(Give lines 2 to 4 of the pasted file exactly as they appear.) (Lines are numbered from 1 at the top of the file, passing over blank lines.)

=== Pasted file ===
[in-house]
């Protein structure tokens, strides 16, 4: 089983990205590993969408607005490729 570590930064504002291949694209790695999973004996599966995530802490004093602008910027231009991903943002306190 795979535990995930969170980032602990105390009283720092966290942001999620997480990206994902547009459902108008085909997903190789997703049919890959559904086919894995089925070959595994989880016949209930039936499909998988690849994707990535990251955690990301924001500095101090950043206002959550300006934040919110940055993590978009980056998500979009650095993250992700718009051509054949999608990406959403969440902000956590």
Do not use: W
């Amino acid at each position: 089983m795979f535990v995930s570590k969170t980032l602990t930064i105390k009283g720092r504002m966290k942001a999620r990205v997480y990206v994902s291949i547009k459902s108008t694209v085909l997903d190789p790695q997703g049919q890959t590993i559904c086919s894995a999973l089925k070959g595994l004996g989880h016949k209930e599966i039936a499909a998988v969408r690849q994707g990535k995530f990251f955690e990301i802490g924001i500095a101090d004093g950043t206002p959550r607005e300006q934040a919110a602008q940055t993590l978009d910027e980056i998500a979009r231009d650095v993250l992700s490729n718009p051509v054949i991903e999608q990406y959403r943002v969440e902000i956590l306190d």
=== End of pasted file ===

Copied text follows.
């Protein structure tokens, strides 16, 4: 089983990205590993969408607005490729 570590930064504002291949694209790695999973004996599966995530802490004093602008910027231009991903943002306190 795979535990995930969170980032602990105390009283720092966290942001999620997480990206994902547009459902108008085909997903190789997703049919890959559904086919894995089925070959595994989880016949209930039936499909998988690849994707990535990251955690990301924001500095101090950043206002959550300006934040919110940055993590978009980056998500979009650095993250992700718009051509054949999608990406959403969440902000956590």
Do not use: W
């Amino acid at each position: 089983m795979f535990v995930s570590k969170t980032l602990t930064i105390k009283g720092r504002m966290k942001a999620r990205v997480y990206v994902s291949i547009k459902s108008t694209v085909l997903d190789p790695q997703g049919q890959t590993i559904c086919s894995a999973l089925k070959g595994l004996g989880h016949k209930e599966i039936a499909a998988v969408r690849q994707g990535k995530f990251f955690e990301i802490g924001i500095a101090d004093g950043t206002p959550r607005e300006q934040a919110a602008q940055t993590l978009d910027e980056i998500a979009r231009d650095v993250l992700s490729n718009p051509v054949i991903e999608q990406y959403r943002v969440e902000i956590l306190d």